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PLAIN GOOD Division III Nebraska Wesleyan rolls on

Nov. 16, 1988
Nov. 16, 1988

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Nov. 16, 1988

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PLAIN GOOD Division III Nebraska Wesleyan rolls on

YOU'RE AT LINCOLN MUNICIpal Airport, you say, and you need
directions to Nebraska Wesleyan University? That's a cinch. Head east
on the Cornhusker Highway and get off on Adams Street. Hang a right
on 56th. Wesleyan will be that vest-pocket school on your right,
across the street from the university. You know, the University of
Nebraska, home of the Cornhuskers. In town for the football game, are
ya?
No? Well, if you need a room, try the Cornhusker Hotel on 13th
Street. It has cheap parking and free apples at the front desk. And
do yourself a favor: Try the Husker Special at the cafe -- turkey and
ham on an English muffin, smothered with hollandaise sauce. Comes
with salad and a roll for just $4.95.
Smothered as they are by omnipresent Cornhuskers, no one would
blame the Plainsmen of Nebraska Wesleyan if they came down with a
Dean Steinkuhler-sized identity crisis. But thanks to basketball
coach Jerry (Midas) Schmutte and his band of suburban jump shooters,
the folks at Nebraska Wesleyan have plenty to be proud of. With three
Final Four appearances in the past four years, the Plainsmen are to
Division III basketball what Miami (sorry, Cornhuskers) is to
big-time college football. In fact, given the Huskers' dismal
postseason history -- they are 0-1 in NCAA tournament games -- they
probably should be the ones with the identity crisis.
Comparing postseason achievements in Division III to those in
Division I is like mixing apples and oranges, you say? Well, you're
right. In a sense, the Plainsmen have a tougher row to hoe. They're
competing against 293 other , schools for 32 NCAA tournament berths,
as compared with the same number vying for the 64 berths in Division
I. Should the Huskers, by some minor miracle, win their first Big
Eight basketball title this spring, they would automatically be
invited to the NCAA's show. Should Schmutte, on the other hand, win
his fifth Nebraska Intercollegiate Athletic Conference crown in five
seasons, that accomplishment and $1.95 will get him a Nebraska Nectar
at the Cornhusker's Cafe.
''We qualify by our record alone,'' says Schmutte, a 1967 Nebraska
Wesleyan alumnus who earned seven letters playing baseball and
basketball. ''Every game is important because unless you get those 20
wins, the tournament selectors say, 'Well . . . ,' and pass you
over.''
So Schmutte makes sure he gets his 20. Says point guard Jim Moran,
''I never knew you could prepare so much for a game. We know what
we're going to do when we go into games, and it works.'' Moran, who
lived in York, Neb., before his family moved to Baton Rouge in 1983,
is the only starter not from Lincoln. The locals are 6 ft. 7 in.
center Charlie Burt, forwards Steve Brugman and Scott Miller and 6
ft. 3 in. guard Bill Weed.
Schmutte is content to let the Division I coaches pile up frequent
flier mileage and live on hotel food. He has found the building
blocks for his national powerhouse without leaving the state, often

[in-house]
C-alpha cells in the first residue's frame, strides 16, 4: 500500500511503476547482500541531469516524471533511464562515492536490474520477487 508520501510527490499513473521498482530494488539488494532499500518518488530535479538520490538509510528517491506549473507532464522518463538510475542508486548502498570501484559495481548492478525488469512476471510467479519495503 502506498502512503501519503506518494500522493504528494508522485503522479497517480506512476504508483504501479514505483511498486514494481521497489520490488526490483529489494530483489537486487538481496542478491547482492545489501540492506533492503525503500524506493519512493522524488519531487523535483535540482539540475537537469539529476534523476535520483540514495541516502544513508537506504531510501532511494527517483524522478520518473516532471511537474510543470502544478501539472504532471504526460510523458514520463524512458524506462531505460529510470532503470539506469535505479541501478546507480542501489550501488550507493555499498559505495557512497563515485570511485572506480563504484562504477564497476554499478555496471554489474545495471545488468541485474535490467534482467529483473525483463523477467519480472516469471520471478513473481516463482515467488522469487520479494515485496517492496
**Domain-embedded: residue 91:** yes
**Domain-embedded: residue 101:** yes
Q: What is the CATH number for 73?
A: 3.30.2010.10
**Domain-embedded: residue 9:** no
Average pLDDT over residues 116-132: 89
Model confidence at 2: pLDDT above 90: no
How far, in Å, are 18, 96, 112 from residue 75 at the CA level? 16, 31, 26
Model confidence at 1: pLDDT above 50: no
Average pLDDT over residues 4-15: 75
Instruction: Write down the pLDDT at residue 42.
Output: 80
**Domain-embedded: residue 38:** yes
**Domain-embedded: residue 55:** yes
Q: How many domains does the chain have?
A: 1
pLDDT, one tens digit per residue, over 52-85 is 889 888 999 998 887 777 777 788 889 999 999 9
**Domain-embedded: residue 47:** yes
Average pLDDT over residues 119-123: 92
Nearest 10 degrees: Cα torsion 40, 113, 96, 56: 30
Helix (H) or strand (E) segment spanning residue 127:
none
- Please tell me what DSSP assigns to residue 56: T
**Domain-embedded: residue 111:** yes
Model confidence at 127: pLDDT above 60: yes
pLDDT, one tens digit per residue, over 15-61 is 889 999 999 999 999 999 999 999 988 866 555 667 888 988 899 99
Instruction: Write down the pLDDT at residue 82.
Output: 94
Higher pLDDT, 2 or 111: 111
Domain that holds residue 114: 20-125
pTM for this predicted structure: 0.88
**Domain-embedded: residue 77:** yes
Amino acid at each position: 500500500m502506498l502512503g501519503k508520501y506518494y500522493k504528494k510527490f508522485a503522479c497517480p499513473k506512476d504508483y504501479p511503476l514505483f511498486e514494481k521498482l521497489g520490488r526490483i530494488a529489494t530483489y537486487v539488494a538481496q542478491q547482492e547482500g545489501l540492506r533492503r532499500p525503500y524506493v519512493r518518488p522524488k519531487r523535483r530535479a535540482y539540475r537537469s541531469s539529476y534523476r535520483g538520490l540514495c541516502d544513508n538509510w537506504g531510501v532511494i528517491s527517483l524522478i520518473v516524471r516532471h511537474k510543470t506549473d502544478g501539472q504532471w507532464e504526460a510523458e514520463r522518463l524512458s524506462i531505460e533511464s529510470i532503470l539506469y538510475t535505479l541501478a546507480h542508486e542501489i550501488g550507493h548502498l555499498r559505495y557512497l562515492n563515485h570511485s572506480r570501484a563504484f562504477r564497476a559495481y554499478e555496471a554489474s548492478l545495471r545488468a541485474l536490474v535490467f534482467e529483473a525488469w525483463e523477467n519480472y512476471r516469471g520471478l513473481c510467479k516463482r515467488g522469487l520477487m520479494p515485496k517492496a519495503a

without crossing the city limits. This dovetails conveniently with
his travel and recruiting budgets, which are comparable to what the
Huskers pay their aerobics instructor every year.
But at least Schmutte is spared the aggravations that beset his
brethren in the big time. ''I don't have to worry about opening the
morning newspaper to find out who signed with what agent,'' he says.
And at Wesleyan, he adds, ''Proposition 48 is irrelevant.''
Typically, four of the Plainsmen's five starters last season were
premed students.
Schmutte remembers the incredulous looks people gave him in 1980.
He was a fresh-faced first-year coach who had spent the previous four
years resuscitating basketball at Norris High in Firth, Neb., where
his record had been 81-11. The Plainsmen had won six games the
previous season, and here was this Norman Vincent Peale sound-alike
saying the program was headed ''for national prominence.'' They
thought he'd been puffing on some funny corn husks.
But in 1982, Schmutte recruited forward Kevin Cook and center Dana
Janssen, both from Lincoln Northeast High. They became Plainsmen, and
Schmutte was on his way. Cook and Janssen led Nebraska Wesleyan to
the Division III quarterfinals in 1984 and to the Final Four the next
two years.
The Plainsmen made it back to the Final Four last season, but lost
87-71 to eventual champ Ohio Wesleyan, one of 20 colleges in the U.S.
that, in one way or another, are named after John Wesley, the
18th-century Englishman who founded Methodism.
''We've tasted the cake,'' says Moran. ''Now we intend to eat our
fill.'' If they do, perhaps the proprietors of the Cornhusker would
consider an addition to their menu: the Plainsmen Special. Hold the
hollandaise.

This is an article from the Nov. 16, 1988 issue Original Layout

BOX: SMALL COLLEGE RANKINGS

NCAA DIVISION II
1 Kentucky Wesleyan
2 Florida Southern
3 Troy State
4 S.E. Missouri State
5 Alaska-Anchorage
6 Virginia Union
7 Cal State-Bakersfield
8 Tampa
9 Lowell
10 New Haven

NCAA DIVISION III
1 Nebraska Wesleyan
2 Trenton State
3 Scranton
4 Illinois Wesleyan
5 Southeastern Mass.
6 Hartwick
7 Wittenberg
8 Jersey City State
9 Ohio Wesleyan
10 Clark (Mass.)

NAIA
1 David Lipscomb
2 Wis.-Eau Claire
3 Grand Canyon
4 Central Washington
5 St. Th. Aquinas (N.Y.)
6 St. Xavier (Ill.)
7 Husson
8 Washburn
9 So. Oregon State
10 Fort Hays State